New York Times, Nov. 19
When the Pixar writer and director Lee Unkrich received the green light in 2011 to develop his follow-up to “Toy Story 3,” the best picture nominee that made his career, his initial excitement dissolved into fear. Mr. Unkrich, 50, hadn’t caught sophomore jitters. He knew his idea for a new animated film, which eventually became “Coco,” arriving in theaters in the United States on Wednesday, had the same potential for dazzling visuals and emotional catharsis that distinguished “Toy Story 3” and other hits from the Disney-owned studio.
Variety, Nov. 18
Building diversity in cinematography – and in the film industry in general – is a career-long goal for most members of the Camerimage film festival panel that takes on this subject and most report progress since the event launched at the event last year. But, as moderator Elen Lotman, an Estonian cinematographer, cautioned at this year’s panel, “We will not solve this tonight.” Still, as Heather Stewart, creative director of the British Film Institute, reported, significant efforts to identify and quantify the problem of under-represented women and minorities are now building.
Indianapolis Business Journal, Nov. 18
Three years after raising its curtain on operations, Bloomington-based Pigasus Pictures is making its mark, with one award-winning feature film to its credit and another with growing expectations set to wrap up production within a month. And the firm’s two young Hoosier founders say they’re ready to accelerate production even faster. The company’s early success has put a spotlight on a unique financing method founders Zachary Spicer and John Armstrong are using for Pigasus’ projects, including three more feature films and two television pilots. All that work is slated for production in 2018 and 2019, with initial release by 2021.
Variety, Nov. 18
Cinematographer Steven Poster, who’s shot such films as “Donnie Darko” and “Stuart Little 2,” and is a former president of the Americans Society of Cinematographers, has been head of the International Cinematographers Guild, Local 600, since 2006. At the just-concluded Camerimage cinematography film festival in Bydgoszcz, Poland, he sat with Variety to assess the state of the organization at this point in its history (good) and anti-union trends at the national level (bad). The organization, he says, continues the fight against the view, in some quarters, that labor is just another commodity.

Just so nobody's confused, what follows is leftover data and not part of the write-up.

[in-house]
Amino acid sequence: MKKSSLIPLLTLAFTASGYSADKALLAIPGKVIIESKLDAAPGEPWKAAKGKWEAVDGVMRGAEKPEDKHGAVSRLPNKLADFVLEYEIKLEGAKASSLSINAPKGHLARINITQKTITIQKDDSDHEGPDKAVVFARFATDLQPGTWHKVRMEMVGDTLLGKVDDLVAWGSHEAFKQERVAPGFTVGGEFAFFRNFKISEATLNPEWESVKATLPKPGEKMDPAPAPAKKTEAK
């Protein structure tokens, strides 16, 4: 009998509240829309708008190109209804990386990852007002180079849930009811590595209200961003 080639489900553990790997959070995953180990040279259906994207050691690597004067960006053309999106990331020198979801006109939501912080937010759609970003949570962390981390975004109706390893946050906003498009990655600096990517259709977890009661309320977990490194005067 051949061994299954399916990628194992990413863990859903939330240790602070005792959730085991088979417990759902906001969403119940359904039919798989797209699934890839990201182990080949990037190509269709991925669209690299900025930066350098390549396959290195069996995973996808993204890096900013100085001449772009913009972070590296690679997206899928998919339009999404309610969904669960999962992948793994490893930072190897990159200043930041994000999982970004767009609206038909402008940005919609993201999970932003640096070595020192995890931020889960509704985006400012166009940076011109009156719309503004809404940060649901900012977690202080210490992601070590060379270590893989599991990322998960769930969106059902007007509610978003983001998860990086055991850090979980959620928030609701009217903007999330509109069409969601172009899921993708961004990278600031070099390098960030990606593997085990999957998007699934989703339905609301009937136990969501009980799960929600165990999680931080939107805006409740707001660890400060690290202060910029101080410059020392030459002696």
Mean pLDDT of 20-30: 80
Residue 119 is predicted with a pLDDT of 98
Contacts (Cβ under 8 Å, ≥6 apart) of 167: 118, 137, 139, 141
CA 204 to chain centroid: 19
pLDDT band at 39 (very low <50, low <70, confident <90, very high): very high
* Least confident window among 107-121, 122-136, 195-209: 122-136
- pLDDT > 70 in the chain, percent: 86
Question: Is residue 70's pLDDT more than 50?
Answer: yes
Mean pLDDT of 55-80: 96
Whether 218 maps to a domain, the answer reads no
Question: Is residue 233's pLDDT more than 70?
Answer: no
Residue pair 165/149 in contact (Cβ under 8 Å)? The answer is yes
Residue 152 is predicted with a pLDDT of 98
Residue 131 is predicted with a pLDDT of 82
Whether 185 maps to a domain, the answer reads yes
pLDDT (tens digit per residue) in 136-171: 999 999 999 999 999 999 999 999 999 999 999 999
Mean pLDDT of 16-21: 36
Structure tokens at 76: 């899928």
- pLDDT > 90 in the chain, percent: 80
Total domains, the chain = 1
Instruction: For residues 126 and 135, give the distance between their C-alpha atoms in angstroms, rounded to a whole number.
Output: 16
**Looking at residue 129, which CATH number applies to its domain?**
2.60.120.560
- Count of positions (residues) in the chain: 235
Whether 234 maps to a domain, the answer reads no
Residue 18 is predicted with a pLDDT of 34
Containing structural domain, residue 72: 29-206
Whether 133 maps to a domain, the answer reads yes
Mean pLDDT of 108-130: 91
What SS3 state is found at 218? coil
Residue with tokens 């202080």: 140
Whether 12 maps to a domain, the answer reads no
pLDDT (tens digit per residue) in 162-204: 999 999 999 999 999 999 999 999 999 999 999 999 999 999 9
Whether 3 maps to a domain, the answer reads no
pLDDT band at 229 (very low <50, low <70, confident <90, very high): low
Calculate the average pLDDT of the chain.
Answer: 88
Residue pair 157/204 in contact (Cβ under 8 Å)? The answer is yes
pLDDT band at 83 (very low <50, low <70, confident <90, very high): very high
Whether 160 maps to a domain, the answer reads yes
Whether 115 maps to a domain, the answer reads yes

HotHardware.com, Nov. 16
Movie studios and content creators have taken a step towards crushing the add-on scene (or at least the illegal aspect of it) surrounding Kodi, a free and open-source media player developed by the XBMC Foundation. The Alliance for Creativity and Entertainment, which is led by the MPAA and includes Netflix, Amazon, Disney, Warner Brothers, and several others among its members, has been sending cease and desist letters to certain add-on developers.
Baltimore Sun, Nov. 16
Joe Swanberg doesn’t envy today’s emerging filmmakers. They’ve got a tough road ahead of them — far tougher, he says, than just a decade ago, when he was making a name for himself on the indie film scene. “They're already entering a tough market, no matter what they want to do,” Swanberg, 36, says over the phone from his home in Chicago. One of the guiding lights of the character-driven, relationship-obsessed mumblecore film movement and a longtime favorite of the Maryland Film Festival, Swanberg will be in Baltimore this weekend for the latest installment in the MFF’s “Behind the Screens” series. He’ll be leading a discussion titled “How Streaming Services are Changing Filmmaking.”
Date: June 8-10, 2018
Where: At the beautiful Caesar’s Palace Hotel in Las Vegas
Group Room Rate Cut Off Date:
May 7, 2018 Click Here
Hope to see you there!